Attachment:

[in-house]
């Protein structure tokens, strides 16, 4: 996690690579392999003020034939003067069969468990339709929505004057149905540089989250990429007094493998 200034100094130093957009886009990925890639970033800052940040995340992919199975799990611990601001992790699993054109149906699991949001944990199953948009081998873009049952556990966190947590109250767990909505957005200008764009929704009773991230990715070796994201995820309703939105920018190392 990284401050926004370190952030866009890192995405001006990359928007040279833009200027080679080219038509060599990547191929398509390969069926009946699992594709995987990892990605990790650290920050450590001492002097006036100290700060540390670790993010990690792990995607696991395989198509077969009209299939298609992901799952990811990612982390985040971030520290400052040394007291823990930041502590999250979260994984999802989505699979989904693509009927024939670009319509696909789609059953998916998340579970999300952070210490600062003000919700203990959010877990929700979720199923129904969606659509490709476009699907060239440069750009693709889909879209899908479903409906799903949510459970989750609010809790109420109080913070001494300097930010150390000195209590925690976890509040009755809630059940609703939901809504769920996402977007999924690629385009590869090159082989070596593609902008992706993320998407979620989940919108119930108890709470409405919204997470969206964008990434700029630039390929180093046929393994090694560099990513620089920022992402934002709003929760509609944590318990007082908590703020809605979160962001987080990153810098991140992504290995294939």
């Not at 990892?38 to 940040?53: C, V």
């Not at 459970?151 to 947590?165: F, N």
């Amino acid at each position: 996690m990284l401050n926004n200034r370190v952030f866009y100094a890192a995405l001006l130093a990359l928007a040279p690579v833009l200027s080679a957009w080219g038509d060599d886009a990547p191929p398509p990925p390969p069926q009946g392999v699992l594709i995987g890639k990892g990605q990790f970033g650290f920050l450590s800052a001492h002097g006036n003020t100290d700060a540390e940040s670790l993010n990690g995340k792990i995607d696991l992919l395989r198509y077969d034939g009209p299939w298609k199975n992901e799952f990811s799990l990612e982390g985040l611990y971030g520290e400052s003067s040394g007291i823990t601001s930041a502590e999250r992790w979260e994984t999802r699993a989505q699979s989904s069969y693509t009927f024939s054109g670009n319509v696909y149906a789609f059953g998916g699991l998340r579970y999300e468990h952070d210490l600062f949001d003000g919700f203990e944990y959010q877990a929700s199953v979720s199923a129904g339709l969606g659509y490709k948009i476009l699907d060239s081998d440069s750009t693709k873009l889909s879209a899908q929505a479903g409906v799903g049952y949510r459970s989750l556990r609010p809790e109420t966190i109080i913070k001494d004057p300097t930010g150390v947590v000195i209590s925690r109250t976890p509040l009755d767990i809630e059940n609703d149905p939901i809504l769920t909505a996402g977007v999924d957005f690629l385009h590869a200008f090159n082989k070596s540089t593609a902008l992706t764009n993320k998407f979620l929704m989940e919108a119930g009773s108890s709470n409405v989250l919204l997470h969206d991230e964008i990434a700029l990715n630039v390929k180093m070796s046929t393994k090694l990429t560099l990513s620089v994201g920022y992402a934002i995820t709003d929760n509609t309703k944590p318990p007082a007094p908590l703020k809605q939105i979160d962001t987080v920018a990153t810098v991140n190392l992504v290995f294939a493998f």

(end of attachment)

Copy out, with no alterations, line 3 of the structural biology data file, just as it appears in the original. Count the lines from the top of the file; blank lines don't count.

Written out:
């Not at 990892?38 to 940040?53: C, V």